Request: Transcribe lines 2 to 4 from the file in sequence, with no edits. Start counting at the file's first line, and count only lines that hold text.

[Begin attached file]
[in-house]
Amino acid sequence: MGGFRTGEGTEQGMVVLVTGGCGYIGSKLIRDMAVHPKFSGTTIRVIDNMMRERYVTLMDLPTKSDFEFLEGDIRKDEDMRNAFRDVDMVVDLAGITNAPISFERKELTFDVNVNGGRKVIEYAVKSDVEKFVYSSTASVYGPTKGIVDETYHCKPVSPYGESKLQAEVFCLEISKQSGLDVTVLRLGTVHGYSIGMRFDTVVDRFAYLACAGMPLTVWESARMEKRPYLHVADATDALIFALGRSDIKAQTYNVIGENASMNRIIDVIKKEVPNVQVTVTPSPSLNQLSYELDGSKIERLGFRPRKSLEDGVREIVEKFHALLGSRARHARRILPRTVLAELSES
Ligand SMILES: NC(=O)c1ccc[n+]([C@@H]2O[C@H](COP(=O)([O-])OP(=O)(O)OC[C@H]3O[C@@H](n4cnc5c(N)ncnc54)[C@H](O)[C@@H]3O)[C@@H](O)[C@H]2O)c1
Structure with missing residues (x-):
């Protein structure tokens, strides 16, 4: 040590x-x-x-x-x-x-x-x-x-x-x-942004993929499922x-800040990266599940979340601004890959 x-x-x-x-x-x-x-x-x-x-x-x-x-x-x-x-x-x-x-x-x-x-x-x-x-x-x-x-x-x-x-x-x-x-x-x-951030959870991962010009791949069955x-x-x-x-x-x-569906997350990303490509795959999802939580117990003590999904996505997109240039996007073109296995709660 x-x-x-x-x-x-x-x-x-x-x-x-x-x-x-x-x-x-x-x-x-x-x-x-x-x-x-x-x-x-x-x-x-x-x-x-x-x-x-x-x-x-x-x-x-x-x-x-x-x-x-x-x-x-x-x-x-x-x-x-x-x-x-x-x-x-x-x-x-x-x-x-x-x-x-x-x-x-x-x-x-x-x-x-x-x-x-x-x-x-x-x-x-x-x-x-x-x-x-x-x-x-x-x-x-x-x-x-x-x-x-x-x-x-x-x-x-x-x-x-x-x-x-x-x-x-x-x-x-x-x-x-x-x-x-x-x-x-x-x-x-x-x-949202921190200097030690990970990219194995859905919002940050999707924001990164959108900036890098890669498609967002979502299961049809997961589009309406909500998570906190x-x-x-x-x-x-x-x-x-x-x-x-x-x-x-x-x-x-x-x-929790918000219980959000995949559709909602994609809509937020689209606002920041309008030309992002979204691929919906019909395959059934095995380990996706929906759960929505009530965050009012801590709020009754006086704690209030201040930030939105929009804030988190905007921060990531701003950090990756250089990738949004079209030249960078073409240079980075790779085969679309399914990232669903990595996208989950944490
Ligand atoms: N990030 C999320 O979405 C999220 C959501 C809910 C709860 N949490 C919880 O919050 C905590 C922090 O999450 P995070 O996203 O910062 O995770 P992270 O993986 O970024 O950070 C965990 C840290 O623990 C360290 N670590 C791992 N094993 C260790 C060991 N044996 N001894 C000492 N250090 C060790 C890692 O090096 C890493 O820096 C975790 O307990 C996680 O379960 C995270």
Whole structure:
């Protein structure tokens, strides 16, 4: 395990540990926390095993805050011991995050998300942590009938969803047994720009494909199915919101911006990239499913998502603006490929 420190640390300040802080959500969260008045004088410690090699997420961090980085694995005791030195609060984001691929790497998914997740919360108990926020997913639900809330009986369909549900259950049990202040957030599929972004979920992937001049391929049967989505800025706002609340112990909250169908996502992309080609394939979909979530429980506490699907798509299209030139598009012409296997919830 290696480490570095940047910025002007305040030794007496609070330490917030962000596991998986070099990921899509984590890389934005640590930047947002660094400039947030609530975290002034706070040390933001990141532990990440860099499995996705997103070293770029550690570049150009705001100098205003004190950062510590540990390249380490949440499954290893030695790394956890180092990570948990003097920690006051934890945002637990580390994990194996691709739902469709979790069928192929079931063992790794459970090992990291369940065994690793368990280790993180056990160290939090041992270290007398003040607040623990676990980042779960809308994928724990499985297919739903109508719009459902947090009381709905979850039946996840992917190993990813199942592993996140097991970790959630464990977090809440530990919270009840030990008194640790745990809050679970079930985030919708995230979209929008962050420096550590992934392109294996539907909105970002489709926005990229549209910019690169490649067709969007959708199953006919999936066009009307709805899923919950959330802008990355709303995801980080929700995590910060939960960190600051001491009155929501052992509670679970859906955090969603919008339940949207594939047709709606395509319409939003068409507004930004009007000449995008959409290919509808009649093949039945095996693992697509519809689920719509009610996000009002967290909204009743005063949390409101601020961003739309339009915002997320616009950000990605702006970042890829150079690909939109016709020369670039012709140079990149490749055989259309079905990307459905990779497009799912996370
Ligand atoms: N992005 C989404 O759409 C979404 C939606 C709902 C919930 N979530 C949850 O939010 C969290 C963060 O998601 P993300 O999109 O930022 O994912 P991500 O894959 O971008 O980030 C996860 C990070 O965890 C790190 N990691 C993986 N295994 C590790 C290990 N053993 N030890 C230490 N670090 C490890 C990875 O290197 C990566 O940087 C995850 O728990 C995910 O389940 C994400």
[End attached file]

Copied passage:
Amino acid sequence: MGGFRTGEGTEQGMVVLVTGGCGYIGSKLIRDMAVHPKFSGTTIRVIDNMMRERYVTLMDLPTKSDFEFLEGDIRKDEDMRNAFRDVDMVVDLAGITNAPISFERKELTFDVNVNGGRKVIEYAVKSDVEKFVYSSTASVYGPTKGIVDETYHCKPVSPYGESKLQAEVFCLEISKQSGLDVTVLRLGTVHGYSIGMRFDTVVDRFAYLACAGMPLTVWESARMEKRPYLHVADATDALIFALGRSDIKAQTYNVIGENASMNRIIDVIKKEVPNVQVTVTPSPSLNQLSYELDGSKIERLGFRPRKSLEDGVREIVEKFHALLGSRARHARRILPRTVLAELSES
Ligand SMILES: NC(=O)c1ccc[n+]([C@@H]2O[C@H](COP(=O)([O-])OP(=O)(O)OC[C@H]3O[C@@H](n4cnc5c(N)ncnc54)[C@H](O)[C@@H]3O)[C@@H](O)[C@H]2O)c1
Structure with missing residues (x-):